"Thus conscience, this once able monitor,--placed on high as a judge within us, and intended by our Maker as a just and equitable one too,--by an unhappy train of causes and impediments, takes often such imperfect cognizance of what passes,--does its office so negligently,--sometimes so corruptly,--that it is not to be trusted alone."
— Sterne, Laurence (1713-1768)
"So that if you would form a just judgment of what is of infinite importance to you not to be misled in,--namely, in what degree of real merit you stand either as an honest man, an useful citizen, a faithful subject to your king, or a good servant to your God,-- call in religion and morality.--Look,--What is written in the law of God? ----How readest thou?----Consult calm reason and the unchangeable obligations of justice and truth;--what say they?
"Let Conscience determine the matter upon these reports;--and then if thy heart condemns thee not, which is the case the Apostle supposes,--the rule will be infallible;" [Here Dr. Slop fell asleep] "thou wilt have confidence towards God;--that is, have just grounds to believe the judgment thou hast past upon thyself, is the judgment of God; and nothing else but an anticipation of that righteous sentence which will be pronounced upon thee hereafter by that Being, to whom thou art finally to give an account of thy actions.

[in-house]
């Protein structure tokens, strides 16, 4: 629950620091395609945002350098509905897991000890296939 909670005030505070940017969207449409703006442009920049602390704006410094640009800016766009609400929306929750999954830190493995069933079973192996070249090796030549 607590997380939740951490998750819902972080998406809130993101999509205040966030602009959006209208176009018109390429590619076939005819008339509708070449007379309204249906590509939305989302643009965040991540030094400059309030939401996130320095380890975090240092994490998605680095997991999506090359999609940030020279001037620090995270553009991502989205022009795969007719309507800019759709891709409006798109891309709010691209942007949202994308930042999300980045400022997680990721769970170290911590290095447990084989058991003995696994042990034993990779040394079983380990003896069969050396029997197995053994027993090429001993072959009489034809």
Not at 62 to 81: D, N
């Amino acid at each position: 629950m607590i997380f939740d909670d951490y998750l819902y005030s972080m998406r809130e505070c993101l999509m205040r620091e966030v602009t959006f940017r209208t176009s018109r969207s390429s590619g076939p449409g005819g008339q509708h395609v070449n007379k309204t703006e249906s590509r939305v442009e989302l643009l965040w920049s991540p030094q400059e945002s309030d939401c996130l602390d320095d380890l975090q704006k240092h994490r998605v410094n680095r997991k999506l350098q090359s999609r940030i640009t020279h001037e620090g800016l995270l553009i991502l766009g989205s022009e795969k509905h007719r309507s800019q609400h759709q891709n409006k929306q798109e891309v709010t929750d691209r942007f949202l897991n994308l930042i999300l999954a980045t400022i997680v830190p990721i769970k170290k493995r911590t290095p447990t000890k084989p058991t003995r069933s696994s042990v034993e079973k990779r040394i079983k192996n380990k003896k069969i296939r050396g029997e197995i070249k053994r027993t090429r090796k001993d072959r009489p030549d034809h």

See Laurence Sterne, The Life and Opinions of Tristram Shandy, Gentleman, 9 vols. (London: Printed for D. Lynch, 1760-1767). <Link to ECCO><Link to 1759 York edition in ECCO>
First two volumes available in ECCO-TCP: <Vol. 1><Vol. 2>. Most text drawn from second (London) edition <Link to LION>.
For vols. 3-4, see ESTC T14705 <R. and J. Dodsley, 1761>. For vols. 5-6, see ESTC T14706 <T. Becket and P. A. Dehondt, 1762>. For vols. 7-8, see ESTC T14820 <T. Becket and P. A. Dehont, 1765>. For vol. 9, <T. Becket and P. A. Dehondt, 1767>.
Reading in Laurence Sterne, Tristram Shandy: An Authoritative Text, Backgrounds and Sources, Criticism, Ed. Howard Anderson (New York: Norton, 1980).